There is an incredible amount of information available about SIDS, so much it can be difficult to keep up. Below are resources we have found highly credible and helpful.
Boston Children’s Hospital
Dr. Hannah Kinney is an Associate Professor of Pathology at Boston Children’s, and she is among the leading SIDS researchers in the world. Boston Children’s has several pages on their website that discuss SIDS. We really like these pages because they are from a very credible source, concise and easy to follow. This is a great place to start if you have not read much about SIDS in a while.
Children’s National Hospital
Dr. Rachel Moon Is a practicing pediatrician, and on the faculty at Children’s National Medical Center, as well as a Professor of Pediatrics at George Washington University’s School of Medicine and Health Science. Dr. Moon is an internationally recognized expert on SIDS. She has served as the Chairperson for American Academy of Pediatrics’ (AAP) Task Force on SIDS, and was the lead author of the AAP’s 2011 Recommendations for reducing SIDS.
SUID/SIDS Resource Center at Georgetown University
This online resource center is one of the most comprehensive collections of information we have found. The website is funded by the Federal Government, and we really like how information sources are very well documented. There is information here for families as well as professionals. Among the pages we find most informative is the section on SIDS Statistics, but the whole website is good. The training manuals for health professionals is slightly dated, but they have great information.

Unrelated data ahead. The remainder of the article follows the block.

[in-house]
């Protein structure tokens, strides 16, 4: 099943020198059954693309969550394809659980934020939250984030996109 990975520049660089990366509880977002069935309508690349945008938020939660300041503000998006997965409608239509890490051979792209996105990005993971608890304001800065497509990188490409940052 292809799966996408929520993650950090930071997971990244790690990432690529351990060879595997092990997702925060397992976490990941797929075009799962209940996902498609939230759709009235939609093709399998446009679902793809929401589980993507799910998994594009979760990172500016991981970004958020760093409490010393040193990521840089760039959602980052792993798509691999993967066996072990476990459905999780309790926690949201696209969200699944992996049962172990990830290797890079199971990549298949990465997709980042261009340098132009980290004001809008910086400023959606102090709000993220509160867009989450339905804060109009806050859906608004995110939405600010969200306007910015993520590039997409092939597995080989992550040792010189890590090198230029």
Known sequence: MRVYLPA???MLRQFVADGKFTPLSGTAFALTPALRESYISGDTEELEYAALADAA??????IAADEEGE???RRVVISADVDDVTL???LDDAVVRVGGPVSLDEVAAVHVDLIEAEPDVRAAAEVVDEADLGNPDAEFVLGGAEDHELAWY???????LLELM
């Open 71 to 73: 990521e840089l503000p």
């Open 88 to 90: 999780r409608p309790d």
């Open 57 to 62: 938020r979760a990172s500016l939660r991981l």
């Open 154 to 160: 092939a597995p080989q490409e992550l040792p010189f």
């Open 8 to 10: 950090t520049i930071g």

Centers for Disease Control and Prevention (CDC)
The CDC easily has some of the most credible information. We have observed that many other websites source and ultimately link back to the CDC. The CDC site contains overview information for the general public but also materials for health professionals and death scene investigators. Warning - the materials for death scene investigators is very informative but it can be quite disturbing, especially for those who have lost a child. One of the biggest problems facing SIDS is inconsistency in how data on SIDS is collected. In response, the CDC has spearheaded the Sudden Unexpected Infant Death Initiative. We view this initiative among the highest priorities in solving SIDS.